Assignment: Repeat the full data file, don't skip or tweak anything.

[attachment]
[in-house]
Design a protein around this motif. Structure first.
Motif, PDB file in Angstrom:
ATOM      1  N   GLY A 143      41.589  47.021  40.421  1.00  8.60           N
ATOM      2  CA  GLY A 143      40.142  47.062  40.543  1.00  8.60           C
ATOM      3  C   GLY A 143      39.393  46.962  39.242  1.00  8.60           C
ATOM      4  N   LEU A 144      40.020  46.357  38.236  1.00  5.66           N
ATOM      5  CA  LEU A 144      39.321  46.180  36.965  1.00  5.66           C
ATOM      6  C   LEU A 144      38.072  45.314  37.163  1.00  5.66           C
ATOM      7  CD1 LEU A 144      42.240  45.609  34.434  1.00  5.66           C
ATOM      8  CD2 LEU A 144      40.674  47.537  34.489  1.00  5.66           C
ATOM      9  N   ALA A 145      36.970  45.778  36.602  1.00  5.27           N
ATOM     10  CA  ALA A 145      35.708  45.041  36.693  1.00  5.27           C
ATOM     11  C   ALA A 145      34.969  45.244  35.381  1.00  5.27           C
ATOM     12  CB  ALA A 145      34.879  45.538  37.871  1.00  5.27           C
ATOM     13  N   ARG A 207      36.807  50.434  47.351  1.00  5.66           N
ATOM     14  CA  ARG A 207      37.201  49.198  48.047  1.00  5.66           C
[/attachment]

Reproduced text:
[in-house]
Design a protein around this motif. Structure first.
Motif, PDB file in Angstrom:
ATOM      1  N   GLY A 143      41.589  47.021  40.421  1.00  8.60           N
ATOM      2  CA  GLY A 143      40.142  47.062  40.543  1.00  8.60           C
ATOM      3  C   GLY A 143      39.393  46.962  39.242  1.00  8.60           C
ATOM      4  N   LEU A 144      40.020  46.357  38.236  1.00  5.66           N
ATOM      5  CA  LEU A 144      39.321  46.180  36.965  1.00  5.66           C
ATOM      6  C   LEU A 144      38.072  45.314  37.163  1.00  5.66           C
ATOM      7  CD1 LEU A 144      42.240  45.609  34.434  1.00  5.66           C
ATOM      8  CD2 LEU A 144      40.674  47.537  34.489  1.00  5.66           C
ATOM      9  N   ALA A 145      36.970  45.778  36.602  1.00  5.27           N
ATOM     10  CA  ALA A 145      35.708  45.041  36.693  1.00  5.27           C
ATOM     11  C   ALA A 145      34.969  45.244  35.381  1.00  5.27           C
ATOM     12  CB  ALA A 145      34.879  45.538  37.871  1.00  5.27           C
ATOM     13  N   ARG A 207      36.807  50.434  47.351  1.00  5.66           N
ATOM     14  CA  ARG A 207      37.201  49.198  48.047  1.00  5.66           C